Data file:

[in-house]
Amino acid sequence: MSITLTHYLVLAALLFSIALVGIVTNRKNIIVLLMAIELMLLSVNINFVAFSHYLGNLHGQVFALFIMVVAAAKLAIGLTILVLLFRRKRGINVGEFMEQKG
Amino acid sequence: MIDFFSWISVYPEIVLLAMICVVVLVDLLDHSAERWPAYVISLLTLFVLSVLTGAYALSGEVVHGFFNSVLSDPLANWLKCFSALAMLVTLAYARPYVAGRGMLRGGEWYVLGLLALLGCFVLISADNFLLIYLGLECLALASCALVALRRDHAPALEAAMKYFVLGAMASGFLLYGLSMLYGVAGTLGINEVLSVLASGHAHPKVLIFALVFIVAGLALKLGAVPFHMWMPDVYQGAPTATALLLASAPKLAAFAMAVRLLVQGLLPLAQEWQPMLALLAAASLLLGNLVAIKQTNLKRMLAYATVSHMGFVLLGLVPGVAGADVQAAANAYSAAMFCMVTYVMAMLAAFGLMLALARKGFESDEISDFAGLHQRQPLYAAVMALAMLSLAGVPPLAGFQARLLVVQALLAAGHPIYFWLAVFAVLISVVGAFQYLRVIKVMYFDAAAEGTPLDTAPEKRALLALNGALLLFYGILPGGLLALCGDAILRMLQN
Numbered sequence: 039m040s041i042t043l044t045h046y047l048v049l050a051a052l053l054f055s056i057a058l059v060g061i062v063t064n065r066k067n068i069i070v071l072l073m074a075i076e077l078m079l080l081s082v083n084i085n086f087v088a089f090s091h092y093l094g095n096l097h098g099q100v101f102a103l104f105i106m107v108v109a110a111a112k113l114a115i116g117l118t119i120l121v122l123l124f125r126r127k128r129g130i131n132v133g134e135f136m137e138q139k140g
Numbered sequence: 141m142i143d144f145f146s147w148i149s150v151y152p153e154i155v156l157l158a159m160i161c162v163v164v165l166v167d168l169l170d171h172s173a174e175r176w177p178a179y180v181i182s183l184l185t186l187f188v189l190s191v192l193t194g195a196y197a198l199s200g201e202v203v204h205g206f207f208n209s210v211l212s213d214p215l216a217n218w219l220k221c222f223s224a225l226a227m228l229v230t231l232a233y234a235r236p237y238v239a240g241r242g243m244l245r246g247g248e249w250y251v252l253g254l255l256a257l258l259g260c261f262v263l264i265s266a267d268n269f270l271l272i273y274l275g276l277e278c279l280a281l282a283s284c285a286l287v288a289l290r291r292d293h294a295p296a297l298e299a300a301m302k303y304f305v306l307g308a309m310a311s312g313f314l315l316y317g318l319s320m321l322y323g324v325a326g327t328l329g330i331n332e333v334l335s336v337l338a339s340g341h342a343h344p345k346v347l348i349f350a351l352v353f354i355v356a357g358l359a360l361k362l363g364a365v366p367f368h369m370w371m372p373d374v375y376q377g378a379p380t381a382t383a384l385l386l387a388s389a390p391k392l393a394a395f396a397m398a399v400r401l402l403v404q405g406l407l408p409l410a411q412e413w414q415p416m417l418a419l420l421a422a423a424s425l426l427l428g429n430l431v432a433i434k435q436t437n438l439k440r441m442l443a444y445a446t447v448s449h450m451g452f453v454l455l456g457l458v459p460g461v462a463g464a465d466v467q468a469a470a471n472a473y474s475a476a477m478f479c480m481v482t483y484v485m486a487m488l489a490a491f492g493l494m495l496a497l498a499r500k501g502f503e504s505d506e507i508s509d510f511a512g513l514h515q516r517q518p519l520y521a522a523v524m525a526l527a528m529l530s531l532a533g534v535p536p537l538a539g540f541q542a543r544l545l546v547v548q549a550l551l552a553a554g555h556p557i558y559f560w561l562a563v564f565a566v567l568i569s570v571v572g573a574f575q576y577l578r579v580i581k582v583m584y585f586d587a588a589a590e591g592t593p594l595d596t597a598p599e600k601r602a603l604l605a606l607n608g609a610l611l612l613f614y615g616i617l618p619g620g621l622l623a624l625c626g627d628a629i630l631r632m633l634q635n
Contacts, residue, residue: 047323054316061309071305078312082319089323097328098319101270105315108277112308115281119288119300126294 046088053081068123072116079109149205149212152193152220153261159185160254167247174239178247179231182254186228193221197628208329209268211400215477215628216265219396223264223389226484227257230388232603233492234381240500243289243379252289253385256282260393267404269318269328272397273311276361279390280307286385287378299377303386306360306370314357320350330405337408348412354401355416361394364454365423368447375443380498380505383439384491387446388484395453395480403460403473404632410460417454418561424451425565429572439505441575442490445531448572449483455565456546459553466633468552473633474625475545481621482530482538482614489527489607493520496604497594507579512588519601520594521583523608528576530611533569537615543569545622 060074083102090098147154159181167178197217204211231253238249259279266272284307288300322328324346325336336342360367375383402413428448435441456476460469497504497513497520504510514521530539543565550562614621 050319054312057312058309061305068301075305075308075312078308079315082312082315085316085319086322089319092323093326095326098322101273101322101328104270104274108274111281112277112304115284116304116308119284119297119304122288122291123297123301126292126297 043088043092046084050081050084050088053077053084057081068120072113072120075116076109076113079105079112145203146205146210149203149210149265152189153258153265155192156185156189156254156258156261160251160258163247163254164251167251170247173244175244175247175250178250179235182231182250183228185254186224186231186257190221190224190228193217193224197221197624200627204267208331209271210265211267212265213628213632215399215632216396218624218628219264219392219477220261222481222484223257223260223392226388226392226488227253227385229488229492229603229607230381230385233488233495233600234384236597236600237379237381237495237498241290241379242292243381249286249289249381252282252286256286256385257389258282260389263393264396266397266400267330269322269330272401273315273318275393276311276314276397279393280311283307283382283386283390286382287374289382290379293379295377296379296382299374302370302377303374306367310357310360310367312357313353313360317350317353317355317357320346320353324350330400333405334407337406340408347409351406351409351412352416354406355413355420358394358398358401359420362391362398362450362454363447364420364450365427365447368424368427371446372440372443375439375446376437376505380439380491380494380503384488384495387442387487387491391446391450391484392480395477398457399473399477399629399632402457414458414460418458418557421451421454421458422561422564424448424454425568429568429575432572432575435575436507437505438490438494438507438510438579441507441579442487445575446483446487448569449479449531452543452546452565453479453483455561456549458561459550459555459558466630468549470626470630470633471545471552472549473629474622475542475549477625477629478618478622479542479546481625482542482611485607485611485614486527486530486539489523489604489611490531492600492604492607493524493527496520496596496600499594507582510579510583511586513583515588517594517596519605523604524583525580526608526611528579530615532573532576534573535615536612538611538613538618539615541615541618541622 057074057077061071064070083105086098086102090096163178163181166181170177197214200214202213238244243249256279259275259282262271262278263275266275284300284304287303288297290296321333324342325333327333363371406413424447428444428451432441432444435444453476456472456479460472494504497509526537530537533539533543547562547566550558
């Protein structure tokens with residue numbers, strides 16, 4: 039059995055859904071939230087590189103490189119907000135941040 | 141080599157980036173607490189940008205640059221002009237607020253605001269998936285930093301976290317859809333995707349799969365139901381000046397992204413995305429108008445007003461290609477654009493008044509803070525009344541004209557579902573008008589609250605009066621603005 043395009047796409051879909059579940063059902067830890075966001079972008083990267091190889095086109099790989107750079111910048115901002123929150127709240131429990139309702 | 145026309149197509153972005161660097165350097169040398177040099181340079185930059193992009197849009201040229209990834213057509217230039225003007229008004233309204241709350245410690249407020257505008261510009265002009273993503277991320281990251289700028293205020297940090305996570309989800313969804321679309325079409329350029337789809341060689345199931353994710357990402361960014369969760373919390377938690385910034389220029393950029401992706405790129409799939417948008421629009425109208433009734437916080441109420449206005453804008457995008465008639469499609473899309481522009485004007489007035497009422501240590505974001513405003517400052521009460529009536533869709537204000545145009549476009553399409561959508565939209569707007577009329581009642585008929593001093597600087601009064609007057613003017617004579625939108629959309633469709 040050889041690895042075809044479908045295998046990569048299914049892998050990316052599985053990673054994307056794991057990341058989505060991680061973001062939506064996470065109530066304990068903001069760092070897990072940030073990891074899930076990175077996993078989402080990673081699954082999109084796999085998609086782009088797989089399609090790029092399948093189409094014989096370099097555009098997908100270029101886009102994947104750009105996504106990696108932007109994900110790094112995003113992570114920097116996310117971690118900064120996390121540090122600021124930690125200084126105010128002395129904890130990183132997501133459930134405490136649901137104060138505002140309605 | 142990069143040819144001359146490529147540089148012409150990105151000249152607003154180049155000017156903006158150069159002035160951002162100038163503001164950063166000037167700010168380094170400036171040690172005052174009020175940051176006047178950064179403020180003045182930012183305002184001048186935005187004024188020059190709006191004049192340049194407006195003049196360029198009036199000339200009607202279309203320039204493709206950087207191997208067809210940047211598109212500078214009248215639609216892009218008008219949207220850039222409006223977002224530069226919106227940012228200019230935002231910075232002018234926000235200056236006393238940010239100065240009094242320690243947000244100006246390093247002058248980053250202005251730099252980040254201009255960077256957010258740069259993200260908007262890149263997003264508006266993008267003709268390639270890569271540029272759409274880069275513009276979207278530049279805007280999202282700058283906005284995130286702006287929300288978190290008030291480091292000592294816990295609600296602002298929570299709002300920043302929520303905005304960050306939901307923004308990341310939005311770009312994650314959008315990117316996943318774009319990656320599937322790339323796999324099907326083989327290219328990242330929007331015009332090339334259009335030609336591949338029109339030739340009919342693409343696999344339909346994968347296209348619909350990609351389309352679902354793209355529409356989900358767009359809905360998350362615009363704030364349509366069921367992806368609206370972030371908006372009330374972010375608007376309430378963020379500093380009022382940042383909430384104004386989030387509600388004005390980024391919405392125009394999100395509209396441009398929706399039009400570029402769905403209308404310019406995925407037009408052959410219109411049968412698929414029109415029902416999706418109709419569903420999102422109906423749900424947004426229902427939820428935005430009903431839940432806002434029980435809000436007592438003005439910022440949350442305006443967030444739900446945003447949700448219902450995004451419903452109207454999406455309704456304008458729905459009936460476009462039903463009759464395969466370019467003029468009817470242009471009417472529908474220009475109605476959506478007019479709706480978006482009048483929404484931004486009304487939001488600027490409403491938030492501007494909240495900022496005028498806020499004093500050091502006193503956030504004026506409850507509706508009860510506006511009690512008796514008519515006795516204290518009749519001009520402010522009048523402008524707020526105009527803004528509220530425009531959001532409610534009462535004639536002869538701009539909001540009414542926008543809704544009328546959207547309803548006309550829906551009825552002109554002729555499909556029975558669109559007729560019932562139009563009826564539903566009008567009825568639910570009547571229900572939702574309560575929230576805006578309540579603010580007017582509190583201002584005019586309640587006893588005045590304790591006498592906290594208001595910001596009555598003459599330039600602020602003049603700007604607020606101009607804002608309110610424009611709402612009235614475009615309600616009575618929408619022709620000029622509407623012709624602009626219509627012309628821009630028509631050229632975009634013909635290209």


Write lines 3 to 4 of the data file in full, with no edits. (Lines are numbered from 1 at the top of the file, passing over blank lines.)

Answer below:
Amino acid sequence: MIDFFSWISVYPEIVLLAMICVVVLVDLLDHSAERWPAYVISLLTLFVLSVLTGAYALSGEVVHGFFNSVLSDPLANWLKCFSALAMLVTLAYARPYVAGRGMLRGGEWYVLGLLALLGCFVLISADNFLLIYLGLECLALASCALVALRRDHAPALEAAMKYFVLGAMASGFLLYGLSMLYGVAGTLGINEVLSVLASGHAHPKVLIFALVFIVAGLALKLGAVPFHMWMPDVYQGAPTATALLLASAPKLAAFAMAVRLLVQGLLPLAQEWQPMLALLAAASLLLGNLVAIKQTNLKRMLAYATVSHMGFVLLGLVPGVAGADVQAAANAYSAAMFCMVTYVMAMLAAFGLMLALARKGFESDEISDFAGLHQRQPLYAAVMALAMLSLAGVPPLAGFQARLLVVQALLAAGHPIYFWLAVFAVLISVVGAFQYLRVIKVMYFDAAAEGTPLDTAPEKRALLALNGALLLFYGILPGGLLALCGDAILRMLQN
Numbered sequence: 039m040s041i042t043l044t045h046y047l048v049l050a051a052l053l054f055s056i057a058l059v060g061i062v063t064n065r066k067n068i069i070v071l072l073m074a075i076e077l078m079l080l081s082v083n084i085n086f087v088a089f090s091h092y093l094g095n096l097h098g099q100v101f102a103l104f105i106m107v108v109a110a111a112k113l114a115i116g117l118t119i120l121v122l123l124f125r126r127k128r129g130i131n132v133g134e135f136m137e138q139k140g